After the One Room Challenge (ORC) front patio glow up, I decided it was time to refresh our entry at home because it felt extra blah. This house has a completely different vibe than our lake house. I like to think of this house as elevated glam so I didn't really want to use a stencil. Ever since I saw Nate Berkus and Jeremiah Brent's black and white marble entry on Rock the Block, I've been obsessed. But marble tile isn't in the budget right now so I set out to recreate the look.
It was time for a glow up! This was my inspo.
I watched a ton of YouTube videos of people painting their countertops and figured what the heck, I'll try it. I tried a few different techniques but I found that this worked out the best.
What you will need:
- Lots of Frog Tape (I went through at least 5 rolls)
- Two colors of flat exterior paint (I used true black and white)
- Water-based Polyurethane
- 1 Paint Roller
- 3 Roller Covers
- 3 Paint Trays
- Old Rags
- Small detail brush (I grabbed a cheap one from Michaels)
- 3" flat brush
- 1 1/2" flat brush
Step 1: Pressure wash your entire area.
DO NOT skip this step like I did. I know better but I was lazy and wanted to start painting. If you skip this step your paint will not adhere to the concrete. If you don't have access to a pressure washer you can rent one at Home Depot or you can use a hose and a concrete etcher like I did here.
Step 2: Trace your pattern.
I went to Home Depot and bought a cheap 12x12 tile and traced around the edges to make the pattern.
Step 3: Paint your base color.
Make sure the paint is completely dry before moving onto the next step.
Step 4: Tape.
This is the most time consuming part because you are going to have to tape four times. You can only paint every other square at a time so my suggestion is to tape and finish that entire section before moving on. I've found that frog tape works the best so I highly suggest you use that. Frog tape will give you crisp clean lines with very minimal bleed.
Step 5: Paint your second color.
Ensure your paint is fully dry before moving on.
Step 6: Time to marble.
Black Marble: I mixed two whites to create this look. For the first one I mixed equal parts of glaze, white paint, and water. I used a red solo cup for my colors but anything will work. The second one I mixed mostly water with a little bit of white paint and a little bit of glaze.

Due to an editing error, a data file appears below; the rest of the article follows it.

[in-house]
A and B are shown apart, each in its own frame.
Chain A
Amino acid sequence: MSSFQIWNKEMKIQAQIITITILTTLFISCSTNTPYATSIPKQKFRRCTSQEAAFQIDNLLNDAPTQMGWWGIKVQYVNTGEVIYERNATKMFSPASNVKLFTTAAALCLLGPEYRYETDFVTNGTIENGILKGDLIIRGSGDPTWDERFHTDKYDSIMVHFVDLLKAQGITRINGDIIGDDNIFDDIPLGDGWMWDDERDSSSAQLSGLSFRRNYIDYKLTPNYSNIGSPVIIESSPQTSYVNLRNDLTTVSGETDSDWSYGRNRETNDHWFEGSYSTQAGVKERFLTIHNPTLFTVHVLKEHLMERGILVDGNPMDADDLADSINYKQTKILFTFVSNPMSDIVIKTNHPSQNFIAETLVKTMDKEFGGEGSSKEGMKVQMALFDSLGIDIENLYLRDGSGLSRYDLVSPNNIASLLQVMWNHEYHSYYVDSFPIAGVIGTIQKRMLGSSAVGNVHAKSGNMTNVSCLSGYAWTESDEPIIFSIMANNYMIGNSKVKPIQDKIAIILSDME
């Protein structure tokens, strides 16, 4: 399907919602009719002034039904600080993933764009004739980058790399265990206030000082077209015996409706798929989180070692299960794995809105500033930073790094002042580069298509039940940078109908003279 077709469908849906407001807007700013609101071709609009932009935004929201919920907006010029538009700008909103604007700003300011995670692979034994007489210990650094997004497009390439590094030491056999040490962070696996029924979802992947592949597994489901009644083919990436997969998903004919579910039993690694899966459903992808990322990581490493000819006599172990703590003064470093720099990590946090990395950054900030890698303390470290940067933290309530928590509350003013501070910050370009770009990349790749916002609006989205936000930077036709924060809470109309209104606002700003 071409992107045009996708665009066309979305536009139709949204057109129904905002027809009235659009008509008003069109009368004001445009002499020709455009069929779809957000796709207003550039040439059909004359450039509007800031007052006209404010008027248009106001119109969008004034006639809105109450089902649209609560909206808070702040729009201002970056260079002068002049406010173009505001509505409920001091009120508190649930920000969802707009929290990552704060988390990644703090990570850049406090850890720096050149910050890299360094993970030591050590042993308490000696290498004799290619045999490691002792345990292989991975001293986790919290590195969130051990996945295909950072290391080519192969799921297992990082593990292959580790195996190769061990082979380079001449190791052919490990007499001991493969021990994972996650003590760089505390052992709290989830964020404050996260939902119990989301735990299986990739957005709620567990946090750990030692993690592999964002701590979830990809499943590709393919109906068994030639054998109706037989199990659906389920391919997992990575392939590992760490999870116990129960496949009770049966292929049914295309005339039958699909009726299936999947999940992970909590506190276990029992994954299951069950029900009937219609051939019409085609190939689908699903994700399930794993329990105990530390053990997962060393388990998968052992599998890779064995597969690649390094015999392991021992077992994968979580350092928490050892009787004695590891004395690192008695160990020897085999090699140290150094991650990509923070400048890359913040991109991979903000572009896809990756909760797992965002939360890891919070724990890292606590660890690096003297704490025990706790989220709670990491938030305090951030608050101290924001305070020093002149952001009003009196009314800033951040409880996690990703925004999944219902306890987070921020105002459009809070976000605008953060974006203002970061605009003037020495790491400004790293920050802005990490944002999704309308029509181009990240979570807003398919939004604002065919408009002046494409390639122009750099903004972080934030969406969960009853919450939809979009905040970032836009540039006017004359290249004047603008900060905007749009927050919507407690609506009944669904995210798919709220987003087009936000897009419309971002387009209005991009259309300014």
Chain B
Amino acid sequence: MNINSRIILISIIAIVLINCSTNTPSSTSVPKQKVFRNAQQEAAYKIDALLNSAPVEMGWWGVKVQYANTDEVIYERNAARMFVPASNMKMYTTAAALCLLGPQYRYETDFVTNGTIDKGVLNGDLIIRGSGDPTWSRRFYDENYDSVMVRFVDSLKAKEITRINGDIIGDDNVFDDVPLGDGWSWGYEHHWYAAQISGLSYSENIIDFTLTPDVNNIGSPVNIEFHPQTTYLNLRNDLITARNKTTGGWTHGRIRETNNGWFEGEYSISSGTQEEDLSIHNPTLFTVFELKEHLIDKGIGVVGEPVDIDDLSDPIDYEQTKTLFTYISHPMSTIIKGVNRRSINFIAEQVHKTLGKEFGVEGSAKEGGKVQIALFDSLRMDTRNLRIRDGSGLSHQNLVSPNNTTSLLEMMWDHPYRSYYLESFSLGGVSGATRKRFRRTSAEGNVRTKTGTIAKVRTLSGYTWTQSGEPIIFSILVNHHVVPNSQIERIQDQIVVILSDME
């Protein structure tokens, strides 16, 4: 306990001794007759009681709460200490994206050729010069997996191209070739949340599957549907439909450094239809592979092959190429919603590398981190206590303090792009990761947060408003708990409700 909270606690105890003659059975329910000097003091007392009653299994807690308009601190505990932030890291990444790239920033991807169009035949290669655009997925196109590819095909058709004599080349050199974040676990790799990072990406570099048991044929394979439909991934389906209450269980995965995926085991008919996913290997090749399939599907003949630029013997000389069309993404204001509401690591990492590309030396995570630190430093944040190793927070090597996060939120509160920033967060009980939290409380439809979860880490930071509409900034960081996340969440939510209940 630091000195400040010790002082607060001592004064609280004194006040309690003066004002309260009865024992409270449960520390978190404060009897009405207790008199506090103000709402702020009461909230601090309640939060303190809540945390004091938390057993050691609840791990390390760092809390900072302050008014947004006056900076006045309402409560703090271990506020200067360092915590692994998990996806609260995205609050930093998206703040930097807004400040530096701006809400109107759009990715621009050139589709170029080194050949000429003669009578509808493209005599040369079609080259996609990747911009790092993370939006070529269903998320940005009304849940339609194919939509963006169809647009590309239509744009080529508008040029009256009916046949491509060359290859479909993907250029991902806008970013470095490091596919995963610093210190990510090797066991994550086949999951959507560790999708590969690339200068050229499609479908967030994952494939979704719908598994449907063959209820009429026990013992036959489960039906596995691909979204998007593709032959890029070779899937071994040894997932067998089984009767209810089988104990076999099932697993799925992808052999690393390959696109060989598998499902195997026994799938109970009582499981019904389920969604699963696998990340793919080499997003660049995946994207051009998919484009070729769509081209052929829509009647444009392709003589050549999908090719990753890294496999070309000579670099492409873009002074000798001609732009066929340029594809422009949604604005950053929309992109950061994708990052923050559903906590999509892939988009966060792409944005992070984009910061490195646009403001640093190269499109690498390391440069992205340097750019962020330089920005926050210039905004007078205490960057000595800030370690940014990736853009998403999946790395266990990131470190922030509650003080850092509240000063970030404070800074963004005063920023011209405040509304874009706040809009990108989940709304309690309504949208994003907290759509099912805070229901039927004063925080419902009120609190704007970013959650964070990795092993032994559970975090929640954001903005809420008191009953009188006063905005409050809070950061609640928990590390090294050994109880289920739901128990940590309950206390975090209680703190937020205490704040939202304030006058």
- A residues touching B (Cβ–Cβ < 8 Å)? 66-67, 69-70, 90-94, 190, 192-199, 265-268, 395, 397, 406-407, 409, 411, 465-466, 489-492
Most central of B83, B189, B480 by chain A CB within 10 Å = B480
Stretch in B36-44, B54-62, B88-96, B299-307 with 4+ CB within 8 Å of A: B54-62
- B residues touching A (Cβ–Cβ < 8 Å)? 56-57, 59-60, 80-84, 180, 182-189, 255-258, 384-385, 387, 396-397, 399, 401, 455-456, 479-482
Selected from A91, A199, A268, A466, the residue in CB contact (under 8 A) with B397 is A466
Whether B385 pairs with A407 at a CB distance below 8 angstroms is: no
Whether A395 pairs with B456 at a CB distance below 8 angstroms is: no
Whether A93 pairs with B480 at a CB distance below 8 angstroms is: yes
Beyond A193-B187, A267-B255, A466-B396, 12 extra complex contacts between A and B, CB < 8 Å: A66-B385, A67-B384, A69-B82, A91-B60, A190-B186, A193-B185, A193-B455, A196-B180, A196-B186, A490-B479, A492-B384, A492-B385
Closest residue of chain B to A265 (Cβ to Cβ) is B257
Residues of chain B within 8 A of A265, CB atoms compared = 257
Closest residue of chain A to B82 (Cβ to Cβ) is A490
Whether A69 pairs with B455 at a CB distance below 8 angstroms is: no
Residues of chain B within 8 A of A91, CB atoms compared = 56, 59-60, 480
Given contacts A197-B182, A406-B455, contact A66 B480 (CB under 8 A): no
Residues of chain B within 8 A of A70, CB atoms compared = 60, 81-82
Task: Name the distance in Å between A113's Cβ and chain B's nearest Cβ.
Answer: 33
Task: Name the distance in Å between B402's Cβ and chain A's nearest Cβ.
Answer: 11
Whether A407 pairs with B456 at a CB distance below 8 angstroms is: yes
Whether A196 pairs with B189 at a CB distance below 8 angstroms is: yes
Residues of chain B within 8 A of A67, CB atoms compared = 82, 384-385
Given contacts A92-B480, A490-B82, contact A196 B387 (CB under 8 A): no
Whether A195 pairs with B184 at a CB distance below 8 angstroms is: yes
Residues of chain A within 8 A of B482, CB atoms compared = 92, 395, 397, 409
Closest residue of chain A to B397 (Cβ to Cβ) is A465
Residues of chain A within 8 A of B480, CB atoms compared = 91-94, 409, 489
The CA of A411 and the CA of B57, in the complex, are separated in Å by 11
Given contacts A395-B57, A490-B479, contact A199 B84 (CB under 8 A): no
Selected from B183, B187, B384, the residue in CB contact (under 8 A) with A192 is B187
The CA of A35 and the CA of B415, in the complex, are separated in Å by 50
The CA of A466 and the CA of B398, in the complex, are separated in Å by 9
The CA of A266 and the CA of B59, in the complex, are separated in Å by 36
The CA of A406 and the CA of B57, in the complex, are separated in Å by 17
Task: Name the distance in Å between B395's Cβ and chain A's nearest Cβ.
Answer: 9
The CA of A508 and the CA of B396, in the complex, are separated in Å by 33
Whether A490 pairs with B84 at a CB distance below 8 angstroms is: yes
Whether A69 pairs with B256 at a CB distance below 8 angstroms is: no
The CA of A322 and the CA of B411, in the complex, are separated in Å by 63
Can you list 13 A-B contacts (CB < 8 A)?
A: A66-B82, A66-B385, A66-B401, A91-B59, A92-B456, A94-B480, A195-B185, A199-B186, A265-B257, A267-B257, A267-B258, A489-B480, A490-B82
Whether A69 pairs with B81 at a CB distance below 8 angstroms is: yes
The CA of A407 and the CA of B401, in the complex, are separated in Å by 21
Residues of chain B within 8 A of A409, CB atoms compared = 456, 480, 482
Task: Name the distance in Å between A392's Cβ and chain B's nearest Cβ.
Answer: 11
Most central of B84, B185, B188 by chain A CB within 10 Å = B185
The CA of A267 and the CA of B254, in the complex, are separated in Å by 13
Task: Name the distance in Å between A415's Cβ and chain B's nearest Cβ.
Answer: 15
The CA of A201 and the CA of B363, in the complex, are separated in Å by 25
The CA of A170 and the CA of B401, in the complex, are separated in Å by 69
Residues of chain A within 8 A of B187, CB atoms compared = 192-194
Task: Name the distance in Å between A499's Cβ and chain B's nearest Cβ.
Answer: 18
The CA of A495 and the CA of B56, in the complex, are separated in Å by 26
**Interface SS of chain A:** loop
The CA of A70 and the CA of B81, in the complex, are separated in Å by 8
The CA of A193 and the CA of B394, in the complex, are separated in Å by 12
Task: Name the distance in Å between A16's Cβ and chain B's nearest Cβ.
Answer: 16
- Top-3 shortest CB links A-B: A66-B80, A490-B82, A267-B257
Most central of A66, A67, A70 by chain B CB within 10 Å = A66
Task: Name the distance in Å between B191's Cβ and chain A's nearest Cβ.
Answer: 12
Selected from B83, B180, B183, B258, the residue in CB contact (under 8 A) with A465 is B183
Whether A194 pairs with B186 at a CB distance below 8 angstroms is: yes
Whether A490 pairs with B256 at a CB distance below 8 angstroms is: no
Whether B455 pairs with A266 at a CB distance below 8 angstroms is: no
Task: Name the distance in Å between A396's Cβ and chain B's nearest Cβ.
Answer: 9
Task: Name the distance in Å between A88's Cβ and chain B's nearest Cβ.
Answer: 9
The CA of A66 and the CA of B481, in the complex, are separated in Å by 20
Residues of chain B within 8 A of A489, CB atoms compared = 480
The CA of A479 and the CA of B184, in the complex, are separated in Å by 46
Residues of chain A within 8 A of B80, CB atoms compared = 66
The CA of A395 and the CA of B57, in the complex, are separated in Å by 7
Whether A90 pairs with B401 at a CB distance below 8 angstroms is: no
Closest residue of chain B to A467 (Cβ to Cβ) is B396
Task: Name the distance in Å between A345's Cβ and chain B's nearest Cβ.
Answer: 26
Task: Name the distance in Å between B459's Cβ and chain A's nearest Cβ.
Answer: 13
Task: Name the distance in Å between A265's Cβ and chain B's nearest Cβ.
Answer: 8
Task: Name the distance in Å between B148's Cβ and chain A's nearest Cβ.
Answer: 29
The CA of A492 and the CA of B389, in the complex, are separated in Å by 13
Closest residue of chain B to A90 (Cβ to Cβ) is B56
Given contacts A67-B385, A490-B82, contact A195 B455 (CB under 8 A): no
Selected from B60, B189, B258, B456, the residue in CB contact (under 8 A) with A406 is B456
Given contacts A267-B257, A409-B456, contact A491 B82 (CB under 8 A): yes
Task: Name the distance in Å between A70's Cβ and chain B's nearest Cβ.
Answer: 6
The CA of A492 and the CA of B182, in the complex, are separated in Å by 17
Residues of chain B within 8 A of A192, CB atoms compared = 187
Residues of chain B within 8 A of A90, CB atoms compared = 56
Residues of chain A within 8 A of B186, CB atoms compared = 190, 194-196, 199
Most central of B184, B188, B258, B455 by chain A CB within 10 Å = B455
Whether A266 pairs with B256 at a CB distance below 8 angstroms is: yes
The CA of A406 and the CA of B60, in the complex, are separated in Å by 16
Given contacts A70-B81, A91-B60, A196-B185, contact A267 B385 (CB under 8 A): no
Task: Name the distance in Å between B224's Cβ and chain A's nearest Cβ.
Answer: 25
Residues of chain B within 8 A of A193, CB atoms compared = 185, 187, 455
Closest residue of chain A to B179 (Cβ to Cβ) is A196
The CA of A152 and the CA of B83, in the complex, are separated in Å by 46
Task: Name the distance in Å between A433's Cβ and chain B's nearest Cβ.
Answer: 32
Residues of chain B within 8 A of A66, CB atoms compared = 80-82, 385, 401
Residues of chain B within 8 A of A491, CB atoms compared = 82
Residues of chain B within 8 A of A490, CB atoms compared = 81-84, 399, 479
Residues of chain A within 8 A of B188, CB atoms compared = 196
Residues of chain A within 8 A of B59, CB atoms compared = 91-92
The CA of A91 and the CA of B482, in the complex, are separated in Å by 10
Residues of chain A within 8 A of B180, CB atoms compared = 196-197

Start with your mostly water mix and use your 3" brush and coat the entire square. Dampen your rag and blot off. Depending on your mixture you may want to do this a few times. I found it was best to work in sections so do this for a few squares. Then go back and do your veining. Using your small detail brush create your veins. Then switch to your medium brush and brush out the veins. Then blot with your damp rag. Do this a few times until your happy with the look. It's going to look ugly but just keep going, I promise the less thinking the better. This is not something you want to overthink because it will all come together at the end and it really does look terrible in the beginning. I think it looks better when its organic and a little random anyways.
White Marble: I used three colors to complete the white tiles. I made on light gray with a little bit of paint and glaze and mostly water (I mixed the white and black paint to make the gray). Then I did another medium gray with a little less water. And a dark gray with equal parts paint, glaze, and water. Similar to the black tiles, I followed the same steps with my mostly water mixture and coated the entire tile and dabbed with my rag. After that I used my small brush and did the veining and feathering. The only difference here is I would add my medium gray on top and repeat until I liked the final result.
Repeat steps 4-6 until you've completed your entire area.
Step 7: After your paint has dried completely its time to seal. Use your roller and coat the polyurethane in sections. After you've coated a section you are going to want to go back over your area with your 3" brush and brush in one direction. Your goal is to get all of the bubbles out. If you skip this, your tiles will look cloudy and have a yellow tint to them so this is a very important step. Let the sealer dry for two hours and then recoat. Repeat this until you've completed three coats. Thats it!
Overall, I am happy with how the entry turned out. Does it look like real marble, no, but it's a lot better than the before. Now it's time to tackle to door, add some lights, and style!